When I went out on my own, it was for the reasons a lot of people do. No one telling me what to do, being able to make the best decisions and act quickly on opportunities, and generally being able to improve upon what I spotted as corporate inefficiencies. Corporations made good training grounds for some things, but they didn’t always encourage innovation, creativity or unusual thinking. In fact, often times, thinking outside the box got looked upon as weird, or at least was something that got stepped around, sort of like an intimate confession in a group setting.
I’d been writing a blog about work ever since the mortgage crash, when I was laid off from a real-estate related position (along with scores of others), and I eventually realized the best security I could find came from selling my own services, because I knew I could guarantee quality, etc. But security also comes from having multiple irons in the fire – diversifying income sources, just like you do investments.
A lot of contractors out there enjoy a lot of freedom too, and get to explore their talents, but don’t want to run their own shop. In fact, some are probably already doing too *much* paperwork, etc, with expense reports, weird tax filings, and so on. The 1099 contractors can have their hands full, if they’re doing the corporate formalities right, dotting all the i’s, etc.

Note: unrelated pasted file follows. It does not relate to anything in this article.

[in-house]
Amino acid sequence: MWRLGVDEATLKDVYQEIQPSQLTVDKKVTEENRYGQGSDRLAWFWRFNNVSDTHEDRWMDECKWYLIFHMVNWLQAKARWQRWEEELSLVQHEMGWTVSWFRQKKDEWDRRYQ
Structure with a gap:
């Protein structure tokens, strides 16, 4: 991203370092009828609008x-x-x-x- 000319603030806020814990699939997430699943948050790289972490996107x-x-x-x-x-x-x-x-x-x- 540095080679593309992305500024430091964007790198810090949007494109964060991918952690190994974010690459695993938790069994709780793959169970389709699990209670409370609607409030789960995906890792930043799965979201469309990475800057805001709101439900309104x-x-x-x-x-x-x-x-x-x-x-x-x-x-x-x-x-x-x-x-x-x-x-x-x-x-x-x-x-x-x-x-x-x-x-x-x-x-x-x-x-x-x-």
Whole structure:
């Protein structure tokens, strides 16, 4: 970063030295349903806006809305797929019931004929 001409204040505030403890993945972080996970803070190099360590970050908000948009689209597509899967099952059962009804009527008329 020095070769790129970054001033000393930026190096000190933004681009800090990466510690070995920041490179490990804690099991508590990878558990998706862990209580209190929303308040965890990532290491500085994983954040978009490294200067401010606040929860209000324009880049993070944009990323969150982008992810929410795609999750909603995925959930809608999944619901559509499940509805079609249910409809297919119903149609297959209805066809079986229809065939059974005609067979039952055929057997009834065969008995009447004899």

Free Agent Source says, “Look, you contract professionals keep going after contracts, we’ll provide benefits (health, 401K, etc.), and a back office (even do your expense report billing, etc.), and we’ll let you run your payroll through us, for a modest and transparent cut, but you get to go out at night, or kick back, and not worry about corporate formalities or paperwork. Plus you get to bid on corp to corp contracts, because that’s what you’re toting behind you when you interview – so it opens up more doors with corps that don’t want the exposure of 1099 contracting, the hassle of staffing agencies, or the risk of traditional employment.
On the HR and Hiring Manager (or Project Team) side, you can hire with confidence, for any term. You and the contractor are negotiating the pay (contractors set their own rates or fees, etc.). And you get a way to put people to work without carrying benefits, bearing the risk, or worrying about what happens at project end. It’s clean, effective, and it works. Companies can even use the recruiter or agent of their choice to find talent, if they like. And the relationship with FAS is effectively invisible.
Traditional employees who might find themselves out in a slow job market, competing with everyone else on Monster or Career Builder, can now go after work, instead of jobs. Normally, they’ve got no inroad to the kind of positions picked up by experienced contractors. But with a corp to corp contract, and all their benefits taken care of, new kinds of work situations are open to them. It’s sort of like the inside track to the stuff that’s still working. Project teams are hiring, companies are picking up talent on a contract basis, and there’s probably no better time to get in, either as a Free Agent (what Free Agent Source calls their talent) or a Client of FAS (grabbing the cream of the crop while the market is down – like any investor – only investing in talent).